Music is a multi-billion dollar industry in the United States. The engine behind this monstrous financial machine is not, principally, the sale of goods or services as would be the case in a typical industry. A musician’s “stock in trade” is a copyright, and licensing these copyrights is the legal mechanism responsible for generation of that revenue.
A copyright is a kind of intellectual property that arises when a sufficiently creative idea is reduced into or onto a tangible medium. Thus, when you take a picture with your phone, a copyright is created because you took an idea out of your head (the creative composition of an image) and captured it in a tangible medium. In general, you own that copyright because you are the “author”—you took the picture. A musician creates a copyright when she writes notes on manuscript paper creating sheet music. She creates a copyright when she writes lyrics on her computer or tablet. She creates a copyright when she sings that composition into a microphone and the sound recording is captured by software on a hard drive.
Her goal now, however, is to monetize that intellectual property (copyright) she has created. The model is easy if we are talking about software—another kind of copyrightable subject matter. The owner of the copyright allows third parties to download the code onto a client device by clicking on an “I Agree” button by which the person agrees contractually to the terms of a software license. By that license, the copyright owner allows the third person to use the software per the terms of the contract. Without a license, the third person would be committing copyright infringement of the software.
But music licensing is often more abstract. iTunes and other online music downloading sites have created more formal mechanisms to allow a musician to place her creative works on the internet and cause them to be downloaded in exchange for a “clicked” online copyright license and the payment of money (royalties) in exchange for the downloader’s use of the music. But outside of those constructs, a musician’s ability to monetize her copyrights is often hampered by the realties of how the vast majorities of musicians perform and try to get paid. Most are not signed with labels, and many do not have formal distribution and royalty-collection and payment processes in place.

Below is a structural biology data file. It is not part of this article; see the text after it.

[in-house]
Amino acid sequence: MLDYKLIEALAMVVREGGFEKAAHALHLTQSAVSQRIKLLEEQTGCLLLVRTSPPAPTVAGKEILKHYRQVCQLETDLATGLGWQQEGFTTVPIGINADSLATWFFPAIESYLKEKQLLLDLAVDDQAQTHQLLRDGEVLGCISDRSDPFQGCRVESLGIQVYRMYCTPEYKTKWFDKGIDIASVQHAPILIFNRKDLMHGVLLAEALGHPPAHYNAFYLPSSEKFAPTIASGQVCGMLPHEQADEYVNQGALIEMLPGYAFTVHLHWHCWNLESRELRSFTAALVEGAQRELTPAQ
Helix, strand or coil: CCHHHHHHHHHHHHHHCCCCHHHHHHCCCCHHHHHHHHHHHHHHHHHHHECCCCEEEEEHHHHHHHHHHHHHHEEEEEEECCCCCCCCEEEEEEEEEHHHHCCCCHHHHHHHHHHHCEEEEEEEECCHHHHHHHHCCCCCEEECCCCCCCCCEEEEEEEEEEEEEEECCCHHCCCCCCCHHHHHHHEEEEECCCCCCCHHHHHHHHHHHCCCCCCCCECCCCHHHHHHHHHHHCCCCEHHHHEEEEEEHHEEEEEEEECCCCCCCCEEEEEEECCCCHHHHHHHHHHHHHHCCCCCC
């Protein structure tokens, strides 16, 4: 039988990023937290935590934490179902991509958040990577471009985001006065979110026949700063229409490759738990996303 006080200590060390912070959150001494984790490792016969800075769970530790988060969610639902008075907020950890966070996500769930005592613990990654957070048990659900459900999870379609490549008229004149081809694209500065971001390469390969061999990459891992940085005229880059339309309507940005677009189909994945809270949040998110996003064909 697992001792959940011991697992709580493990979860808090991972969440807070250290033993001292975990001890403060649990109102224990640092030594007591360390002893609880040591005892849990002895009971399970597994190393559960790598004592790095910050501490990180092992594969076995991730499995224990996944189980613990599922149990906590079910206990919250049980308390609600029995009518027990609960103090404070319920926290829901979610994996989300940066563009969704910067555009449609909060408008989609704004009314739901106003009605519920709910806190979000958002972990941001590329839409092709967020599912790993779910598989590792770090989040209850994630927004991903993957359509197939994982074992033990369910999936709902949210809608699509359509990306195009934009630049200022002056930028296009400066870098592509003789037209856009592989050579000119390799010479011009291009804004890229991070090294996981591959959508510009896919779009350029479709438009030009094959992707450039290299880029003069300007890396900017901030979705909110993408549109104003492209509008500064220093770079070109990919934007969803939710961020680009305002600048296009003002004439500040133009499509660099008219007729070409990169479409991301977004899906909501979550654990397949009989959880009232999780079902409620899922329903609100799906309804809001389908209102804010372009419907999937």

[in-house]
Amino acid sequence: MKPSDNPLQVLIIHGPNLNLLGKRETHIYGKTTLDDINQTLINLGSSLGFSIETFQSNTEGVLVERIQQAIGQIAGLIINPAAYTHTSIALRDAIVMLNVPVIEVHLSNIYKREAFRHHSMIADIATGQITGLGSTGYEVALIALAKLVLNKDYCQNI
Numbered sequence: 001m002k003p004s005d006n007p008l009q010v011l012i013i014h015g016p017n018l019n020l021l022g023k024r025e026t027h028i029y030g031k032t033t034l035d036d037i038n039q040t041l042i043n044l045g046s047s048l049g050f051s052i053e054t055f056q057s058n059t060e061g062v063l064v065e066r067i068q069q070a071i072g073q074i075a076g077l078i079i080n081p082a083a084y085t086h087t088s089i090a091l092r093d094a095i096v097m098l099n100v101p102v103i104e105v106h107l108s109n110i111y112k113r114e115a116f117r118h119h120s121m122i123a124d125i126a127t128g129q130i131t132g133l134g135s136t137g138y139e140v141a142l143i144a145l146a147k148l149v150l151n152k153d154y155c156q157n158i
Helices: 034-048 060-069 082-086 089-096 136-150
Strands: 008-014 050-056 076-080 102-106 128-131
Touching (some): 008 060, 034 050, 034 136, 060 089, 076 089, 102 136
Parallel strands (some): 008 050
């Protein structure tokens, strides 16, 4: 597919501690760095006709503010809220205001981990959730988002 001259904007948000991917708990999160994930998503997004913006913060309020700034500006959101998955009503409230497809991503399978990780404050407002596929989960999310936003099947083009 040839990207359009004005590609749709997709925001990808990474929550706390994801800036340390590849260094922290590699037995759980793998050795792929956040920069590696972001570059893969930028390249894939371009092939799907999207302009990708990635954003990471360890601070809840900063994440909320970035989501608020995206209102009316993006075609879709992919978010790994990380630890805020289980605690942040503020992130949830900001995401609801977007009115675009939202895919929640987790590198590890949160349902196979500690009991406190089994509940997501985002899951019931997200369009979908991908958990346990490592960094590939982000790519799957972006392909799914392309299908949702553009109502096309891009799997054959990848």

Moreover, the music copyright landscape is fraught with peril for most artists. At a national level, there is almost one new lawsuit filed per day alleging that a musician has infringed on someone else’s copyright. Recent examples include the “Blurred Lines” lawsuit brought against Robin Thicke by Marvin Gaye’s estate, and a brand new $300 million dollar lawsuit against Miley Cyrus over the song “We Can’t Stop.” There are also organizations like ASCAP and BMI, which are called “performing rights societies,” that enforce a particular kind of copyright called the “performance right.” If a musician appears in a bar and plays cover versions of songs, ASCAP’s job is to ensure that the musicians whose song was performed by the cover band gets paid for the public performance of the copyrighted musical composition.
The internet has changed many of the music licensing paradigms as well, given that both the opportunities for infringement and the opportunities to lawfully monetize music have expanded exponentially. Many of the laws which address online copyright infringement are more than 30 years old and do not well contemplate the realties of online music distribution, like streaming. Recent efforts to enact new legislation such as the Music Modernization Act and the CLASSICS Act are steps in the right direction, but for most musicians, protecting and monetizing their creative works requires diligence and hard work to make sure they get a fair payday.
Brad Frazer is a partner at Hawley Troxell where he practices Internet and intellectual property law. He is a published novelist (search for “Bradlee Frazer” at www.diversionbooks.com), frequent speaker and regular author of Internet content. He may be reached at firstname.lastname@example.org.